Employment: All EU citizens are able to work or carry out their businesses in Greece. Other laws apply to non-EU citizens

Passports and Visas: Greece belongs to the European Union and is part of the Segen countries. All EU citizens can enter Greece with or without passports but must show their EU Identity Cards. Non-EU citizens need passports and some nationalities will require to obtain a visa. This includes travellers from Canada, Australia, New Zealand, Israel, Japan, and other countries.



The climate of Greece is typically Mediterranean. Summers are long, hot, and dry. The average temperature in July is 26.7¡ C (80¡ F), in Athens, the capital, but is much lower in the mountains. Winters are mild; the average January temperature is 9.2¡ C (48.5¡ F). Winter temperatures are also much lower in the interior; in mountain valleys averages are close to freezing, and prolonged frosts may occur. Snow is not uncommon away from the coasts. Precipitation varies greatly. In Athens it averages 394 mm (16 in) annually, but it is much higher away from the east coast and rises to more than 1,200 mm (47 in) in the higher mountains. In all parts of the country rainfall is seasonal, most of it coming in late fall and winter. Only in Macedonia and Thrace is there a significant summer rainfall; almost no rain falls in the rest of the country.


Few rivers exist in peninsular Greece; all are small, and most dry up in the summer. Only those rivers which rise farther north in the Balkan Peninsula and flow through northern Greece to the sea, the Vardar and Struma, for example have any significant summer discharge. The small size and seasonal character of most rivers is the primary reason for the limited use of irrigation. Of the several lakes within the mountains, many of them in northern Greece, most occupy basins that were formed by the dissolution of limestone.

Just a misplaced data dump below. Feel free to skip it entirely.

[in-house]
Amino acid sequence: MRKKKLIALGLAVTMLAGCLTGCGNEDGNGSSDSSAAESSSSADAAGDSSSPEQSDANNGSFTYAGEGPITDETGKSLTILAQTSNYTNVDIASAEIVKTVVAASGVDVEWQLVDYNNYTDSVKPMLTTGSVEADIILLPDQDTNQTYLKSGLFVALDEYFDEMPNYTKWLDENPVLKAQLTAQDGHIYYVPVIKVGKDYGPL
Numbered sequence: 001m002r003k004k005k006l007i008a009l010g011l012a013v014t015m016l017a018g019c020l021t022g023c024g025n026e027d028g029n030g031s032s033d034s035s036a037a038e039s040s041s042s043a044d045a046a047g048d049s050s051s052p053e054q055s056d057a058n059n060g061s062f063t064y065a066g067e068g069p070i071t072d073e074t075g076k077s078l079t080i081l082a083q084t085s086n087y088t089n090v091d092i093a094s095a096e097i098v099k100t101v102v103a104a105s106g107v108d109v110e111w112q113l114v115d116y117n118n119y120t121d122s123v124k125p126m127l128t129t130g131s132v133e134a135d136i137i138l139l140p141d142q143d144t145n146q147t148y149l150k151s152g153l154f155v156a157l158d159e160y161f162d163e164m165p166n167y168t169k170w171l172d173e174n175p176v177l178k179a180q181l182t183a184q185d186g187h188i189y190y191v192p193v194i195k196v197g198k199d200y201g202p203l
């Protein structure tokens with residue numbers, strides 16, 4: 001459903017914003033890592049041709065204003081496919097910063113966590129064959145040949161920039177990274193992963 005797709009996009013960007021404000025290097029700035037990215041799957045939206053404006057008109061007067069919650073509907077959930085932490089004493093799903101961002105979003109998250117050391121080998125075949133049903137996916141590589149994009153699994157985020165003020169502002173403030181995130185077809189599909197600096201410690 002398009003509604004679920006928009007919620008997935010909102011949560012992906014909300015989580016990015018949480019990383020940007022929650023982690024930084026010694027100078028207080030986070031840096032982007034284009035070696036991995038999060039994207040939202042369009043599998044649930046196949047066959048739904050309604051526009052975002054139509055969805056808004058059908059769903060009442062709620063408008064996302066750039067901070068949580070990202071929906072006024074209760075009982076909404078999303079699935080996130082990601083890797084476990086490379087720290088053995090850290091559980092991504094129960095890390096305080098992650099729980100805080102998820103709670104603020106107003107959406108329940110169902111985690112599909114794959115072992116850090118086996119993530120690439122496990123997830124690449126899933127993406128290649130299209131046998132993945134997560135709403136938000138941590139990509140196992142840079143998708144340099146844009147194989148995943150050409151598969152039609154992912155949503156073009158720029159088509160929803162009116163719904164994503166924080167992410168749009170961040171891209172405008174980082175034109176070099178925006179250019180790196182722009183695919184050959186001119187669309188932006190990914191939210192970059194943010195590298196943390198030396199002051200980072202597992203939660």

Naturally occurring vegetation is adapted to the climate and consists largely of xerophyta, which are plants that are able to withstand the summer drought by the storage of water. Spring is the primary growing season, and flowering plants make a brilliant show during this time, before withering under the summer heat. The mountains are mostly clothed with a relatively dense scrub brush (called maquis). Evergreen forests may once have covered much of the land but have been largely destroyed in southern Greece. Extensive forest is found only in the mountains of northwestern Greece, where large stands of fir occur. About 19% of the total area is forested.


Greece is poorly endowed with minerals and fuel. Although some lignite (a soft coal) is produced, no economically significant coal deposits exist. Oil has been found in northwestern Greece and on the floor of the Aegean Sea. The Pinos oil field, off the island of Thasos, has been producing petroleum since 1981. Reserves of hydroelectric power are slight because of the small size and seasonal flow of most rivers. Iron ore and bauxite are the most important mineral resources; bauxite is quarried to the north of the Gulf of Corinth, and most of it is exported. Small amounts of pyrites (used in making sulfuric acid), lead, zinc, magnesite, manganese, chrome, and silver are also mined. In most cases the ore is exported for smelting elsewhere.